Surviving survival

So that’s the name of a book. Which I’m reading. For obvious reasons.

The other day, the sound of a helicopter caused me to have a panic attack.

Yes, ’twas a helicopter that airlifted me out of the desert.

But the sound of those buzzing blades takes me back to the Friday night and Saturday afternoon when a chopper flew for hours near the area where I lay. For me, it’s a noise that reminds me of how it feels to lay helpless.

Last week, Hubs and I went back. A member of the Texas Parks and Wildlife Search and Rescue Team led us back out to the area  where I was found.

The hike itself was empowering.

I can do this, I told myself again and again. And I did. I even found my little mesquite tree all by myself.

But the hard part is the now. Because with that trip came new pieces of knowledge.

For one — I didn’t realize how far off the trail I was. Nor did I know that I probably wouldn’t have been found if I hadn’t been able to yell for help when search teams were near. I was in a deep ravine in a cut. No way was the helicopter ever going to see me.

I also didn’t know that coyotes were gathering 200 yards downwind of where I lay unable to move.

Search-and-rescue teams had heard them yipping and howling all morning  — calls from one family of coyotes to another. When I was found, a pack of half a dozen had assembled, waiting for the smell of imminent death that would let them know it was time to approach and attack.

I don’t blame them. Coyotes have survived by being opportunists.

This week, my medical records arrived in the mail. Apparently, my body was in the midst of renal failure when I was found.

So the coyotes were pretty dead-on. A few more hours, and I would have been oblivious to their attack.

Or maybe I wouldn’t have been oblivious. Maybe I would have been all too aware and yet unable to fight back.

Regardless. On the one hand, I feel good about going back. At the same time, I’m now subject to a new kind of panic attack. I feel like my body remains adrenalized, poised for a fight that’s over.

Right now, I cherish evenings, when I’m at home, snuggled up in blankets and surrounded by my children and husband.

Daytime finds me irritable. Why can’t people appreciate how good they have it? Why can’t people quit bothering me while I heal?

I’m not talking about those who want to know how I’m doing. I’m referring to those who can’t understand why I haven’t just snapped back. Why I’m not jumping when they snap their fingers or call me umpteen times a week.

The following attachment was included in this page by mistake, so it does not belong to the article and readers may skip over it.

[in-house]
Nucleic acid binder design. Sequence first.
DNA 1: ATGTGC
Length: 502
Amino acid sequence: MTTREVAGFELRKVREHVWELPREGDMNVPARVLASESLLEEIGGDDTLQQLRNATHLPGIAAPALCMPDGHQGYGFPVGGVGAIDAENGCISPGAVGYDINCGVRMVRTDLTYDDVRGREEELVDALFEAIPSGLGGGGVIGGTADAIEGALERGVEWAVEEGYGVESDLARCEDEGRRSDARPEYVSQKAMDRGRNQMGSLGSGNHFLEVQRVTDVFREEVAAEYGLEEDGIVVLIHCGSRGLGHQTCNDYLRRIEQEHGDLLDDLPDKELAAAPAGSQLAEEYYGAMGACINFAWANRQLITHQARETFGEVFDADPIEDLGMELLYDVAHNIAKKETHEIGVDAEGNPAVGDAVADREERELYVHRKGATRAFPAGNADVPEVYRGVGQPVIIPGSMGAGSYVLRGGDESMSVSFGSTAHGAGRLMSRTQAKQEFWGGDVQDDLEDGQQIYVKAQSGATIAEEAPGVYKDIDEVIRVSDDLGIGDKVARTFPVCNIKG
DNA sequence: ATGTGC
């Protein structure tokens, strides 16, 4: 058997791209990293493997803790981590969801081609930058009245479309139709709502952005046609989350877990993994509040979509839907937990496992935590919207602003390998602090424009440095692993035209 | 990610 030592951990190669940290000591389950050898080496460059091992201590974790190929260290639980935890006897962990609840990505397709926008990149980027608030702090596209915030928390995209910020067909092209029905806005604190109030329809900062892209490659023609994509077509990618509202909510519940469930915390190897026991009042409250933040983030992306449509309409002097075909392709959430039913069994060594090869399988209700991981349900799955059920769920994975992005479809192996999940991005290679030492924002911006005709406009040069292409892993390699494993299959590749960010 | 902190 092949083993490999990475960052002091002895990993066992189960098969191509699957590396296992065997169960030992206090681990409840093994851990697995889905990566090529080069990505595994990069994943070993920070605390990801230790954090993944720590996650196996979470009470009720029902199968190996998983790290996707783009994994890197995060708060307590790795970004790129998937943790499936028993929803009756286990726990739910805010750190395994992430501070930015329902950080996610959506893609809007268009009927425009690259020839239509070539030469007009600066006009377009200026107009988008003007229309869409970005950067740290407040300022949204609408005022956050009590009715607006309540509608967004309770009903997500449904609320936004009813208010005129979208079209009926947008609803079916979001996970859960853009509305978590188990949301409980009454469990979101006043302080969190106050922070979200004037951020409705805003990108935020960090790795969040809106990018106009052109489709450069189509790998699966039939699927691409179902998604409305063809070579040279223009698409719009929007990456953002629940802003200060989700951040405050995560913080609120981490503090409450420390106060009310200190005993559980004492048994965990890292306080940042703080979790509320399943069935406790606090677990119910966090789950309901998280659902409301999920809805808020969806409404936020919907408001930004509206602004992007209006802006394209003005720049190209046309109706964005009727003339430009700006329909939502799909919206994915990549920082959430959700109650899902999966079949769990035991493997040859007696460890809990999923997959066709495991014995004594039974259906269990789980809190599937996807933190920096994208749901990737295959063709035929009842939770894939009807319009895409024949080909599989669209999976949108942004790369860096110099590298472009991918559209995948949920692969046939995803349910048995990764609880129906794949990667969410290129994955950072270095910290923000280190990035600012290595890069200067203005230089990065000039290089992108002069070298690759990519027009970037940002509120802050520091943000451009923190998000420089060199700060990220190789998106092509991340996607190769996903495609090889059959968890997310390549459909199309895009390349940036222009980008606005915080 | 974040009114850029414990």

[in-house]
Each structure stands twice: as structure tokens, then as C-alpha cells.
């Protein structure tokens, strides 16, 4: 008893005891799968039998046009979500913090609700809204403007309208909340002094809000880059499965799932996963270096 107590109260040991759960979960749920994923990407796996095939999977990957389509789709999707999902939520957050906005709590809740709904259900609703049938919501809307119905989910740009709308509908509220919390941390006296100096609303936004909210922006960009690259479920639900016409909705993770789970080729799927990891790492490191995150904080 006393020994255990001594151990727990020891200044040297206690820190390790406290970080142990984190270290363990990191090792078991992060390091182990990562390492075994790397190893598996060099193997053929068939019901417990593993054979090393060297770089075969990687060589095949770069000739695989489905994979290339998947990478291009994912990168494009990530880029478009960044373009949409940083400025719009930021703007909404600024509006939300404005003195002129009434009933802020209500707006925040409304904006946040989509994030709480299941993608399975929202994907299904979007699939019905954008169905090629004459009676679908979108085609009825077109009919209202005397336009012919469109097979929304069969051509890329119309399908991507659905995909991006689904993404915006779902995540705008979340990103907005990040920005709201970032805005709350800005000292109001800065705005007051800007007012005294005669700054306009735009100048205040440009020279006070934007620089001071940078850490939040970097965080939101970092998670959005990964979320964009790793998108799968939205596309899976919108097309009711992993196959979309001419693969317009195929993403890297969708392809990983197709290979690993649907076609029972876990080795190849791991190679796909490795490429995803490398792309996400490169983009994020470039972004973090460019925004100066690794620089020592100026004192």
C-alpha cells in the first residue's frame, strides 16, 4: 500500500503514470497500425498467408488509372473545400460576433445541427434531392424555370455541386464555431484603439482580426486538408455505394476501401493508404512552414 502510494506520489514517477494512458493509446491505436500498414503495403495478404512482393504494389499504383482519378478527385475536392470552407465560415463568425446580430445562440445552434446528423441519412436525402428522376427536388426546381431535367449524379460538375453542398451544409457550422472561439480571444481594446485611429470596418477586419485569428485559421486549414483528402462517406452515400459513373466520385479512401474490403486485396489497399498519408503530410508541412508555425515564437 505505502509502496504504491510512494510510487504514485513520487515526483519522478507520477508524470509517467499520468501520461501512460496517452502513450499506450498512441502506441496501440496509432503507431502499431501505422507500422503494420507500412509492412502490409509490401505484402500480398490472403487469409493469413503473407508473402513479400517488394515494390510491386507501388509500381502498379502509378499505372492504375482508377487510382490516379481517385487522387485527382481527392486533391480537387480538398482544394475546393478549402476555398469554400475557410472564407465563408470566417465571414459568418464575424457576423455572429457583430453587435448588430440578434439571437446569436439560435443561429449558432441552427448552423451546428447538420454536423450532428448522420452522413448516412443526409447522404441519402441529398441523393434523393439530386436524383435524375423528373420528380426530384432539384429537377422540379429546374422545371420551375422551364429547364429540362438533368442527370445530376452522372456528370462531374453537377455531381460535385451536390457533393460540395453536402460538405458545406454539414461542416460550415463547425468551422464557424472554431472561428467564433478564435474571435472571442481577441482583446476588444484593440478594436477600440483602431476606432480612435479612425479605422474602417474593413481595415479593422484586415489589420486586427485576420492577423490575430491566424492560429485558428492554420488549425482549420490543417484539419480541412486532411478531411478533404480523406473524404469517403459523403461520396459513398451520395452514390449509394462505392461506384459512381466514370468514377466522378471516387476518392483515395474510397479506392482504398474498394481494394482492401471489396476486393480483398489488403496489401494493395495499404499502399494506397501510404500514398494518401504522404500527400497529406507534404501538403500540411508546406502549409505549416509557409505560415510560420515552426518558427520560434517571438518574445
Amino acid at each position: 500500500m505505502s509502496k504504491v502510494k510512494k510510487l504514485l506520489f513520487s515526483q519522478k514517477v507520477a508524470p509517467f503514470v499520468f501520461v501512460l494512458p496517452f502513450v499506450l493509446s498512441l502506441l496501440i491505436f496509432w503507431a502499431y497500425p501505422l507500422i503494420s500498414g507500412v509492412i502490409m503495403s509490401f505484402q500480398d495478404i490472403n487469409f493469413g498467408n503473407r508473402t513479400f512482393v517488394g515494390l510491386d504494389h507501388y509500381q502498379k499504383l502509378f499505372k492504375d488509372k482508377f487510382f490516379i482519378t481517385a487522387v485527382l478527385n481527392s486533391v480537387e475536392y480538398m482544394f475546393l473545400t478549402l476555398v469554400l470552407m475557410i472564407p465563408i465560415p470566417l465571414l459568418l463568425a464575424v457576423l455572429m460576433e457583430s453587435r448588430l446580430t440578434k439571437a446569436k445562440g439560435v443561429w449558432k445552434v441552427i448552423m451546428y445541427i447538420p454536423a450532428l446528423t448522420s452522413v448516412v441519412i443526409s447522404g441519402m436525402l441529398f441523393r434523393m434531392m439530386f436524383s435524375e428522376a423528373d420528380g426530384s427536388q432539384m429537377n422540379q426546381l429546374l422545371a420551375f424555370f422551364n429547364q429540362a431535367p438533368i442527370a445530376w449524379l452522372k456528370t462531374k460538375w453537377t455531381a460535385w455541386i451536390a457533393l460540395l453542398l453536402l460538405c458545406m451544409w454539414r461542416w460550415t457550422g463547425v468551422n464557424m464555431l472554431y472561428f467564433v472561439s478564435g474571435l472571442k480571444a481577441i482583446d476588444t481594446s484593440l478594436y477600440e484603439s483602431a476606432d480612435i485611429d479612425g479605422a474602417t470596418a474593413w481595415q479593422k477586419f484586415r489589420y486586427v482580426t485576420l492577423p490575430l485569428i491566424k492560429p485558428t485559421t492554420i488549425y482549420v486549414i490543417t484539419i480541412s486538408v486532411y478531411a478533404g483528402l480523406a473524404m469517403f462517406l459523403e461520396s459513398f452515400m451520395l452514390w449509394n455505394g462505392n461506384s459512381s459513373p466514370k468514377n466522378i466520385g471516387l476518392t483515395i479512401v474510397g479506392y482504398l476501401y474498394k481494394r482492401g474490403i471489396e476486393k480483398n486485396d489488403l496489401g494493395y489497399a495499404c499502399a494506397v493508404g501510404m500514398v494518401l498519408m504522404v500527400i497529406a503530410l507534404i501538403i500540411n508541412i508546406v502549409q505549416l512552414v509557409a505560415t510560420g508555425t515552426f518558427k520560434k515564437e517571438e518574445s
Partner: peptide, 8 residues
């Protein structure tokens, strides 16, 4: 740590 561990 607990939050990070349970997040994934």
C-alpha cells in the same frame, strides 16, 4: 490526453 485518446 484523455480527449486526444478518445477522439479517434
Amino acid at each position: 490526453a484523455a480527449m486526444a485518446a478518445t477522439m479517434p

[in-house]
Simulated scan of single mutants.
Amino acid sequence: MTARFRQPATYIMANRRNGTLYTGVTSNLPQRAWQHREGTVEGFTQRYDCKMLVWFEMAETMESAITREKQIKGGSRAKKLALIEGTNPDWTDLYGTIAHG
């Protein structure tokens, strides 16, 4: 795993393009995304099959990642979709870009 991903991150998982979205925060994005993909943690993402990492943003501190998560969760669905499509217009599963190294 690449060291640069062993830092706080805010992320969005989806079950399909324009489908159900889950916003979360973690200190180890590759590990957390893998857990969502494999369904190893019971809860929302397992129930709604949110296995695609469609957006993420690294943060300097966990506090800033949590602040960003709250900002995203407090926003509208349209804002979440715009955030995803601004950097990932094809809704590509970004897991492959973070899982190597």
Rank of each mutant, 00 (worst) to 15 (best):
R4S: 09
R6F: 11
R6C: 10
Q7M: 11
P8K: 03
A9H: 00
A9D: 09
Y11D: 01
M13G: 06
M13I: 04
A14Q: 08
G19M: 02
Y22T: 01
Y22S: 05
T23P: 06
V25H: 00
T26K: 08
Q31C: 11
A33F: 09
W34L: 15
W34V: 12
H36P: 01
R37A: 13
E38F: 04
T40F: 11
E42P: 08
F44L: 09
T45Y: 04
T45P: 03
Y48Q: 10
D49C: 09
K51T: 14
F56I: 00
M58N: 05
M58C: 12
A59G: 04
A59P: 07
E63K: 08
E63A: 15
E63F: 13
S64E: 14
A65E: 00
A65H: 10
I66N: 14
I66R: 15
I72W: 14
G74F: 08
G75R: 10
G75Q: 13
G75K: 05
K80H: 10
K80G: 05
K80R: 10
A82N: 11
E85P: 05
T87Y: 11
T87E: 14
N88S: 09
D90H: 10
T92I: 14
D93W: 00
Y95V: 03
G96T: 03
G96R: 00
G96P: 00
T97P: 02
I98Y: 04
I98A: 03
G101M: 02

I’m trying. I really am. But please. Give me a little more time to find the me that was the reporter — the me that wasn’t a victim.

Because right now, on most mornings,  I would rather just stay in bed, huddled under the covers where it’s safe.


11 thoughts on “Surviving survival

  1. So glad you’re back (again), safe and sound. It takes time to heal, and those who really care will let you do it at your own pace. As much as most of us wish we could snap our fingers to make things better, the realists among us know that true healing takes work. You’re well on your way, so let yourself mourn, rest, get angry, cry, laugh maniacally (I can help with that one) … whatever it takes, just do it, and be happy you did.


      1. You are so welcome, my friend, and remember, my office door is always open if you need it (even if you just need some alone time … just ask and I’ll take a powder for a while).


  2. We are so glad you are safe Cathy and stay strong!!! You can do it and are a survivor!! The rest will fall into place.


  3. Well, I couldn’t say it better than Brenda so I won’t try.But I will add that when you’re feeling the most anxious, just remember that it was you who yelled for help — you who saved you when you needed saving.No matter how bad you’re feeling or how much you are struggling to make sense of all that happened, that voice is still inside you.


  4. Take all the time you need, Cathy. I’m glad you’re safe and snuggled at home, and ever so grateful for those who found you and that you were able to call out for help.


  5. Makes me think of the Five for Fighting song, “Superman.” “…Even heroes have the right to bleed….” Take your time working through all this and ignore the sound of those snapping fingers. There’s no deadline to meet this time, friend. This is your story, and it’ll play out on your timeline, not anyone else’s. Just keep on keepin’ on. And if you ever need anyone to talk to, I’m available to listen.


  6. As so often happens, reading your account of your experience in the wilderness and your healing process leaves me with tears. Hugs to you, Cathy. Take all the time you need — we’ll be here for you when you’re ready. You (and Hubs) will heal on your timetable — no one else’s.


  7. Thank you so much for sharing all that you are dealing with right now. Healing from the trauma that your body, mind and soul endured in the desert will take time and, in the end, you will be a very different person for the experience. Be kind to yourself. Do what feels right to you at the time. Rely on the friends and family who lift you up and offer you comfort. Did I say be kind to yourself? Above all, be kind to yourself.


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